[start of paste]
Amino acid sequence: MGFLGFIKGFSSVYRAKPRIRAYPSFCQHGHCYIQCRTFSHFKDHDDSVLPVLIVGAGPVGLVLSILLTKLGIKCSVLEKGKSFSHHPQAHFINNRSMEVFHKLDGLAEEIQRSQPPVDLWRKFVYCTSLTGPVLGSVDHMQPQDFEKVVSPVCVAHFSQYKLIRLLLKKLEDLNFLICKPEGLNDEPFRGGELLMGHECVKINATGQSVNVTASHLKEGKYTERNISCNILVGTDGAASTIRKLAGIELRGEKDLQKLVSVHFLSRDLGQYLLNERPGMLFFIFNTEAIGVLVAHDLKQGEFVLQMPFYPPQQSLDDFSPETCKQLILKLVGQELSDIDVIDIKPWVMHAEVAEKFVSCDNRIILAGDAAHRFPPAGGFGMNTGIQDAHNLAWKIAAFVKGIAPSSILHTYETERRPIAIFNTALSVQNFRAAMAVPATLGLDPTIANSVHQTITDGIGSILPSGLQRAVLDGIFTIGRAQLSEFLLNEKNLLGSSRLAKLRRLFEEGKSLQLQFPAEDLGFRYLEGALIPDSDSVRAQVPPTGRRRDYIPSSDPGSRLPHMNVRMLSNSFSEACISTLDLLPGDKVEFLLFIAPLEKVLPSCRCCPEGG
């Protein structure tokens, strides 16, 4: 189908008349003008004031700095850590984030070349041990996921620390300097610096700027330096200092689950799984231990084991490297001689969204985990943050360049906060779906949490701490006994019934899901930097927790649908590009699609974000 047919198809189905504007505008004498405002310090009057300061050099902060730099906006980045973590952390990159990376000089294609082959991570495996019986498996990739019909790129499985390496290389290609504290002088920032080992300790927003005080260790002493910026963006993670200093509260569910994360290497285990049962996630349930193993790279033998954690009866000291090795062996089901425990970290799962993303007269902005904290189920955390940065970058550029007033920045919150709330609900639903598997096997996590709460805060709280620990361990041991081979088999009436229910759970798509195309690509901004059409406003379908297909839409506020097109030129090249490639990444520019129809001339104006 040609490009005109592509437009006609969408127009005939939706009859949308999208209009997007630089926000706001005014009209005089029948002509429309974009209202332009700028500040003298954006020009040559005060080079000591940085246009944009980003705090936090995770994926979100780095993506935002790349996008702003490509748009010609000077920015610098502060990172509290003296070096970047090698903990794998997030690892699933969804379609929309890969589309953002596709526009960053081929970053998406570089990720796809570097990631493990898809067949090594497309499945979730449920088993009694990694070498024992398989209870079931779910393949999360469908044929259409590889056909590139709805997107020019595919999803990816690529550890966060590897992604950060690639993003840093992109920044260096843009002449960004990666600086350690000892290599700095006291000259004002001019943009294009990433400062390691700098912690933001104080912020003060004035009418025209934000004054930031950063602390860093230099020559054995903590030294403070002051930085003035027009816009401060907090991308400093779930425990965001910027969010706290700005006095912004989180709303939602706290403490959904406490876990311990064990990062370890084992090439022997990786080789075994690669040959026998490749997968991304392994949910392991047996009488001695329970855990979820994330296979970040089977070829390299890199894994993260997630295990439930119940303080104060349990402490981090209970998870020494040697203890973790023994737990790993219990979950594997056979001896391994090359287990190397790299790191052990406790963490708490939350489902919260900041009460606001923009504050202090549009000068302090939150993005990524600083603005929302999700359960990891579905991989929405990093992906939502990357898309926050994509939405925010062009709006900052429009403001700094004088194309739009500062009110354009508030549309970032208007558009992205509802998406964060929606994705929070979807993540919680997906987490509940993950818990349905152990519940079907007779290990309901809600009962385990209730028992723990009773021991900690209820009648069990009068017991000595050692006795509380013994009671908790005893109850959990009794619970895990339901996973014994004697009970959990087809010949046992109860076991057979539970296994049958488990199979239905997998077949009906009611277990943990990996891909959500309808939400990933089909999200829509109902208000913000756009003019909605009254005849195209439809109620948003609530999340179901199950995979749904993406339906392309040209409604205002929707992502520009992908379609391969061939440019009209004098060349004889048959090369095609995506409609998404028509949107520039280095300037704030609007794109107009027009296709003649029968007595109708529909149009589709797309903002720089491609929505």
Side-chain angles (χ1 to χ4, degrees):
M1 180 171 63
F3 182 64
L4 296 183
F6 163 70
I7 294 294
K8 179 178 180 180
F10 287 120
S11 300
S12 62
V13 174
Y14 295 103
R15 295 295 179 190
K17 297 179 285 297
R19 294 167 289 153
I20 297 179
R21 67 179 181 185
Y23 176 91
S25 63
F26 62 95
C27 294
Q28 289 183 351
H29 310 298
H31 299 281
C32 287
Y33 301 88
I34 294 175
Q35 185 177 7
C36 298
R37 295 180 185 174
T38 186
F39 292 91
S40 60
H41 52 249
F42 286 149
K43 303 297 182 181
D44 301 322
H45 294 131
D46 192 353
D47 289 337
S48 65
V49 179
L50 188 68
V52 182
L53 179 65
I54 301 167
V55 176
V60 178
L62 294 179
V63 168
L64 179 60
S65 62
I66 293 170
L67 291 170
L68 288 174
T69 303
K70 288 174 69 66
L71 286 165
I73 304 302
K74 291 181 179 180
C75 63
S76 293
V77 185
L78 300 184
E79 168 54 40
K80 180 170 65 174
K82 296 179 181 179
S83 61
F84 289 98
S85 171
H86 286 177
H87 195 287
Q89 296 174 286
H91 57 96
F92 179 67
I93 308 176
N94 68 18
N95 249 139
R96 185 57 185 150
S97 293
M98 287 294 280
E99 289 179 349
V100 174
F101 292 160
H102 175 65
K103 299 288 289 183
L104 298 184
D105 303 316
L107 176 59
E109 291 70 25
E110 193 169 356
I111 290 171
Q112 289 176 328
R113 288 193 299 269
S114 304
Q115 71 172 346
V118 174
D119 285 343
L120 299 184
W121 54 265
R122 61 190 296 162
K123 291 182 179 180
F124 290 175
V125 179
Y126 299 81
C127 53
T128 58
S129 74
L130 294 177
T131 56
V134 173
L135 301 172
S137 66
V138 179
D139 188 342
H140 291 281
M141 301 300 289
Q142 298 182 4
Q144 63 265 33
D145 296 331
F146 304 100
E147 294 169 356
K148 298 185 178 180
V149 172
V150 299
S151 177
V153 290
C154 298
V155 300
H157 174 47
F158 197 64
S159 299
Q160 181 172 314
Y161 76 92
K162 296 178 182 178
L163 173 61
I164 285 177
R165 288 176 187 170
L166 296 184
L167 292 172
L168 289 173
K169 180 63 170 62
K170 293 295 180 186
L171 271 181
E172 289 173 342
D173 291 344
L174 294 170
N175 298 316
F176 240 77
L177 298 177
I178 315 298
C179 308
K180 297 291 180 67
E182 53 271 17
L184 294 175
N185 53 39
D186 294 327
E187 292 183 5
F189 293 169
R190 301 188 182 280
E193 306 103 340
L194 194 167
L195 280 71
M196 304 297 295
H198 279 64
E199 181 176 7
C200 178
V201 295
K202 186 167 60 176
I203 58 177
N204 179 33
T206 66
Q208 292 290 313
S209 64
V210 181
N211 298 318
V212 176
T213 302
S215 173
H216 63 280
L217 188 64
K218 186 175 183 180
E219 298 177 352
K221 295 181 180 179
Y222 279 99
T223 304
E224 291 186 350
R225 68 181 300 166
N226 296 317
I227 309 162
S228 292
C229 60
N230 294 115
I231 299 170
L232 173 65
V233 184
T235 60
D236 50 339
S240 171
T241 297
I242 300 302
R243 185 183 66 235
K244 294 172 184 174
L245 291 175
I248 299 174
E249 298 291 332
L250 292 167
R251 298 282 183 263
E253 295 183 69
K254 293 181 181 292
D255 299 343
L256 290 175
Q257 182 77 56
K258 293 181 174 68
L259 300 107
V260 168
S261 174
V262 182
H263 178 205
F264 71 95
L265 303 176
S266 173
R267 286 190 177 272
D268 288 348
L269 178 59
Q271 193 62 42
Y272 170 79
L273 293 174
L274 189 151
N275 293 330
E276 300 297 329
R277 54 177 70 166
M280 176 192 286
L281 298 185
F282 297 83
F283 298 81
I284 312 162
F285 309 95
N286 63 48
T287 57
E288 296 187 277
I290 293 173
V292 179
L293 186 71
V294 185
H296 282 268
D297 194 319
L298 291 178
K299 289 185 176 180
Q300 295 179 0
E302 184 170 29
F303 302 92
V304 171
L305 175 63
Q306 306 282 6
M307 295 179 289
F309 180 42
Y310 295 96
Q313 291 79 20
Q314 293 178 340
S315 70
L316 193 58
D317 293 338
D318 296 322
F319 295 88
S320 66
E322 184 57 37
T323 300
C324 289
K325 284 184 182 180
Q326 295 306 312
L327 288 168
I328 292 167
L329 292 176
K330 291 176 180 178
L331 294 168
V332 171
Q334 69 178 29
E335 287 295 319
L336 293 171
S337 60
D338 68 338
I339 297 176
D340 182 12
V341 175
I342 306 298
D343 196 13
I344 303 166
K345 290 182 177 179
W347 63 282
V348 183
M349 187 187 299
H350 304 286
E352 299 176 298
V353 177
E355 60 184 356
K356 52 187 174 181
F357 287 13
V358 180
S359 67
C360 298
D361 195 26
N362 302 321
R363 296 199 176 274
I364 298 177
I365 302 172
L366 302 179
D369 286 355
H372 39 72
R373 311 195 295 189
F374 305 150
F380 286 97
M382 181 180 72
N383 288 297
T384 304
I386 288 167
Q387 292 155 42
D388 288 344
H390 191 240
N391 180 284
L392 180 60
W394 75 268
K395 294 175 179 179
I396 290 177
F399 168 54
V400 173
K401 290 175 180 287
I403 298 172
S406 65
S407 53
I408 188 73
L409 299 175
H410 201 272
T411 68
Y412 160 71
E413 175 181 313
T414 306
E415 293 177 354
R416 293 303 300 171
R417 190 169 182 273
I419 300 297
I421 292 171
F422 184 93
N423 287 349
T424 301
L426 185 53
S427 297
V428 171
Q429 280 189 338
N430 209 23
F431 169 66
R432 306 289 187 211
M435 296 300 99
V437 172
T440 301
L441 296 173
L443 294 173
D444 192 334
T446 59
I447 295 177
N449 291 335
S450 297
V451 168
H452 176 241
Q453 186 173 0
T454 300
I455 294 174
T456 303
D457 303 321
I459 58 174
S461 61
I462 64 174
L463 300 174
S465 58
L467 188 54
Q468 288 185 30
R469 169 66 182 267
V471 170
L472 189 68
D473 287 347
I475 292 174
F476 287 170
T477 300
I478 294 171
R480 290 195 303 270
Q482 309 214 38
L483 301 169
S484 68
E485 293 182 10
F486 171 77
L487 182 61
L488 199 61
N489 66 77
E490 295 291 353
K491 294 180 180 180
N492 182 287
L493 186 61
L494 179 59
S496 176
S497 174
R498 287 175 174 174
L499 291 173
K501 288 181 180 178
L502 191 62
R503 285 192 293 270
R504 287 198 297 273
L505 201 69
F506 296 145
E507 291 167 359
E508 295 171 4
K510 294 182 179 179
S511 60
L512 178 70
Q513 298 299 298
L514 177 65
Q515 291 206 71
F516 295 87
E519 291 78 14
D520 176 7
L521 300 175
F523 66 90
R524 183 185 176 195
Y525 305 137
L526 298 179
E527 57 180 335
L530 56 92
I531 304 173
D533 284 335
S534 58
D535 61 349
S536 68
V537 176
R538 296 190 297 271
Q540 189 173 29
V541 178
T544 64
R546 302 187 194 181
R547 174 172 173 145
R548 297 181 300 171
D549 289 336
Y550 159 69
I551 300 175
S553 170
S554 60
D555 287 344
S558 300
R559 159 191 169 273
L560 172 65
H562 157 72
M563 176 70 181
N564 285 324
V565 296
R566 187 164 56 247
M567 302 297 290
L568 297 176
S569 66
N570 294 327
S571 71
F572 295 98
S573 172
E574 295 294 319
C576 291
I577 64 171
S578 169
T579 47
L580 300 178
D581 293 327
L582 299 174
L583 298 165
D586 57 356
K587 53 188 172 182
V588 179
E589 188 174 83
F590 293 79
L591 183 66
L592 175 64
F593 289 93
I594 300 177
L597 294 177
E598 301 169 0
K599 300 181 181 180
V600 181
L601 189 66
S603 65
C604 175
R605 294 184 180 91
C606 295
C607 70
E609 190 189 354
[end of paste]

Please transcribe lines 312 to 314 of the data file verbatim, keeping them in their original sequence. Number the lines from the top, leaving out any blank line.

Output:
R373 311 195 295 189
F374 305 150
F380 286 97